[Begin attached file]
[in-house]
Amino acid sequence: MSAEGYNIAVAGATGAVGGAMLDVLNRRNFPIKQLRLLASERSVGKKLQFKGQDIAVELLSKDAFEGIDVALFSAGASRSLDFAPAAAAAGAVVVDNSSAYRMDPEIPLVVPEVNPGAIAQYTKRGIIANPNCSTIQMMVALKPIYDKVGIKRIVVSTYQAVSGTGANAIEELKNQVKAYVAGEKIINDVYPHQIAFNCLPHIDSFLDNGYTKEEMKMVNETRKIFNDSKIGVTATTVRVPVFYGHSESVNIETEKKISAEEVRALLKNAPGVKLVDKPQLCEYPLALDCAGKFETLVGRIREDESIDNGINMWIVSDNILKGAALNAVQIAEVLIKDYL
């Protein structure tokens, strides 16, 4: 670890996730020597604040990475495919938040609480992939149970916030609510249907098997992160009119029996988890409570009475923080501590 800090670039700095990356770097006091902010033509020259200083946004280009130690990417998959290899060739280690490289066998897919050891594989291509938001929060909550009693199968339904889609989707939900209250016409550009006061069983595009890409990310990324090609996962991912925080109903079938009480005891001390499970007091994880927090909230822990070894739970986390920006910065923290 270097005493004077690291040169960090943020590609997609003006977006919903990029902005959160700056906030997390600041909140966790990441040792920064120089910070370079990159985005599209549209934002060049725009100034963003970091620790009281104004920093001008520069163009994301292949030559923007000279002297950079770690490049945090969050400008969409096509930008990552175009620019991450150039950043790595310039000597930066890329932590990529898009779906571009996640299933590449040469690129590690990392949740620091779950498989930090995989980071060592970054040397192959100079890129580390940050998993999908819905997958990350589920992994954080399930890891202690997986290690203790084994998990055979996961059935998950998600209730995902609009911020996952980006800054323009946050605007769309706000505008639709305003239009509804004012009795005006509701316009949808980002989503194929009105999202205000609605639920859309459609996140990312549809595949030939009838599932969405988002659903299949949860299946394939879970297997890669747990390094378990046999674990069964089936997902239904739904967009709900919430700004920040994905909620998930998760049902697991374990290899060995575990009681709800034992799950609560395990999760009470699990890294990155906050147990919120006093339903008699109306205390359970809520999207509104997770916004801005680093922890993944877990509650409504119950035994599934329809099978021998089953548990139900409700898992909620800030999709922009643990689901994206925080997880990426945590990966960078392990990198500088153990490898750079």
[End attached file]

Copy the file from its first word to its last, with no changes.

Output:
[in-house]
Amino acid sequence: MSAEGYNIAVAGATGAVGGAMLDVLNRRNFPIKQLRLLASERSVGKKLQFKGQDIAVELLSKDAFEGIDVALFSAGASRSLDFAPAAAAAGAVVVDNSSAYRMDPEIPLVVPEVNPGAIAQYTKRGIIANPNCSTIQMMVALKPIYDKVGIKRIVVSTYQAVSGTGANAIEELKNQVKAYVAGEKIINDVYPHQIAFNCLPHIDSFLDNGYTKEEMKMVNETRKIFNDSKIGVTATTVRVPVFYGHSESVNIETEKKISAEEVRALLKNAPGVKLVDKPQLCEYPLALDCAGKFETLVGRIREDESIDNGINMWIVSDNILKGAALNAVQIAEVLIKDYL
């Protein structure tokens, strides 16, 4: 670890996730020597604040990475495919938040609480992939149970916030609510249907098997992160009119029996988890409570009475923080501590 800090670039700095990356770097006091902010033509020259200083946004280009130690990417998959290899060739280690490289066998897919050891594989291509938001929060909550009693199968339904889609989707939900209250016409550009006061069983595009890409990310990324090609996962991912925080109903079938009480005891001390499970007091994880927090909230822990070894739970986390920006910065923290 270097005493004077690291040169960090943020590609997609003006977006919903990029902005959160700056906030997390600041909140966790990441040792920064120089910070370079990159985005599209549209934002060049725009100034963003970091620790009281104004920093001008520069163009994301292949030559923007000279002297950079770690490049945090969050400008969409096509930008990552175009620019991450150039950043790595310039000597930066890329932590990529898009779906571009996640299933590449040469690129590690990392949740620091779950498989930090995989980071060592970054040397192959100079890129580390940050998993999908819905997958990350589920992994954080399930890891202690997986290690203790084994998990055979996961059935998950998600209730995902609009911020996952980006800054323009946050605007769309706000505008639709305003239009509804004012009795005006509701316009949808980002989503194929009105999202205000609605639920859309459609996140990312549809595949030939009838599932969405988002659903299949949860299946394939879970297997890669747990390094378990046999674990069964089936997902239904739904967009709900919430700004920040994905909620998930998760049902697991374990290899060995575990009681709800034992799950609560395990999760009470699990890294990155906050147990919120006093339903008699109306205390359970809520999207509104997770916004801005680093922890993944877990509650409504119950035994599934329809099978021998089953548990139900409700898992909620800030999709922009643990689901994206925080997880990426945590990966960078392990990198500088153990490898750079």